I reviewed UAG’s Metropolis cases for the 11″ and 12.9″ iPad Pros earlier this year and came away very impressed with both. I can give the 12.9″ version even higher praise in that I am still using it as my primary case over four months later. It is good at home, but even better at work where I need more drop protection. In my opinion, both models check all the boxes that a good iPad Pro case should.
While I am more of a leather fan when it comes to cases, there are others who prefer the feel of a good book. Pad and Quill is a master of such materials, as I had occasion to discover this past Summer when I reviewed their Journal Notebooks. The linen-covered books were well-made and felt just like a fine hardback in the hand. When I hold the Contega case for the new 11′ iPad Pro, I get that same impression. While the cover has a rougher, more durable texture, it still feels like your iPad Pro is contained within a fine book.
I won’t lie. I’m a sucker for a nice leather case. Whether its for an iPhone or an iPad, I am always interested in wrapping my high-tech electronics in a little bit of old world craftsmanship. There’s just something about the look and feel of fine leather that gets me.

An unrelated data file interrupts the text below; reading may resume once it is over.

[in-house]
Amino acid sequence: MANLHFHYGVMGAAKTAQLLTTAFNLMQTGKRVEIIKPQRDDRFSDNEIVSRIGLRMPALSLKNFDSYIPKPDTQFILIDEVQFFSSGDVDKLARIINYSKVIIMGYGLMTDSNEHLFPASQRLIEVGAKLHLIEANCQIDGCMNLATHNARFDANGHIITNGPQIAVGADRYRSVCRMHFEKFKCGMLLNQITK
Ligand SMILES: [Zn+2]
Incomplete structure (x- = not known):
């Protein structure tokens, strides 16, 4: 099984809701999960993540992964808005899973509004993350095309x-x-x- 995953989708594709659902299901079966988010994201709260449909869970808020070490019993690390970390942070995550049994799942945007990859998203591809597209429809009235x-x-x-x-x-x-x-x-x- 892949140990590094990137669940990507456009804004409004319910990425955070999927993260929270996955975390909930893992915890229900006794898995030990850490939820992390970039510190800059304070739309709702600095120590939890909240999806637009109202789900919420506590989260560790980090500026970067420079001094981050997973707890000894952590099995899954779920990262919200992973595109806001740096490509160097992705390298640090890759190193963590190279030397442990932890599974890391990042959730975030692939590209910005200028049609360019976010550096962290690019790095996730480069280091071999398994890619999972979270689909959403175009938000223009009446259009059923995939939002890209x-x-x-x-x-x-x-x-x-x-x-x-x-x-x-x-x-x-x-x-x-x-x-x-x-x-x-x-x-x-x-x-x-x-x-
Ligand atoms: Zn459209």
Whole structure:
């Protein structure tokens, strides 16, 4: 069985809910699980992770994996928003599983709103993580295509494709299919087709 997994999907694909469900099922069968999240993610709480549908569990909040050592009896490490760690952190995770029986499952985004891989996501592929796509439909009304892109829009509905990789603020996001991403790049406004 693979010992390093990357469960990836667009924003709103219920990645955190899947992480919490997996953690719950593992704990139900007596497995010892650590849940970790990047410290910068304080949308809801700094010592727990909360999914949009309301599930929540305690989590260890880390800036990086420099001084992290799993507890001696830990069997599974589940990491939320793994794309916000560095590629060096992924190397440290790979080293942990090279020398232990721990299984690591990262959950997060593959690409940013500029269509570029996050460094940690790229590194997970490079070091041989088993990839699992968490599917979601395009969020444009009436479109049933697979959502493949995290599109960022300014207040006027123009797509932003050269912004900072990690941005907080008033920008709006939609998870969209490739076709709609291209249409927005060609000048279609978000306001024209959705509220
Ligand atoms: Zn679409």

While I have reviewed several quality leather cases for various iPhones here at iPad Insight, I have never covered one for an iPad or iPad Pro until now. Well, this one has been worth waiting for, as the Pad and Quill Oxford Leather Case for the 2018 iPad Pros is as functional as it is beautiful. I’ve been taking the 12.9″ version for a spin over the last two weeks and here is what I have found.
If you are a working professional who requires a laptop on a day-to-day basis, you know that a good bag or backpack that fits your work environment is absolutely essential. Somewhere between 90-95% of my job is performed between my laptop, iPhone, and iPad Pro, so having a reliable bag that can hold all my gear and stand up to some wear and gear is absolutely essential. I have been through many such bags over the years, and have built up a solid collection that meet various needs. However, when it comes time to take your show on the road, the requirements change, and for those who travel often, they may be different enough to require a completely different approach.
Several years ago, before I ever got my first iPad-specific keyboard case (the Logitech Wireless Bluetooth Keyboard by ZAGG for the iPad 2), I purchased an Apple Wireless Keyboard to see what it would be like not having to type on the screen of my original iPad. Even though it was a little awkward to carry around with what was supposed to be a mobile device, I still absolutely loved this keyboard. The layout and key spacing were perfect. The action felt good and the keys were responsive. The battery life was great, even if it ran off of actual batteries. It worked very well for me at the time.
It’s struck me recently that I haven’t really heard of any other iPad Pro keyboards that might the dominance of the Smart Keyboard. I’m still pretty happy with my Smart Keyboard, but it would also be nice to have a viable third party alternative by this point in time.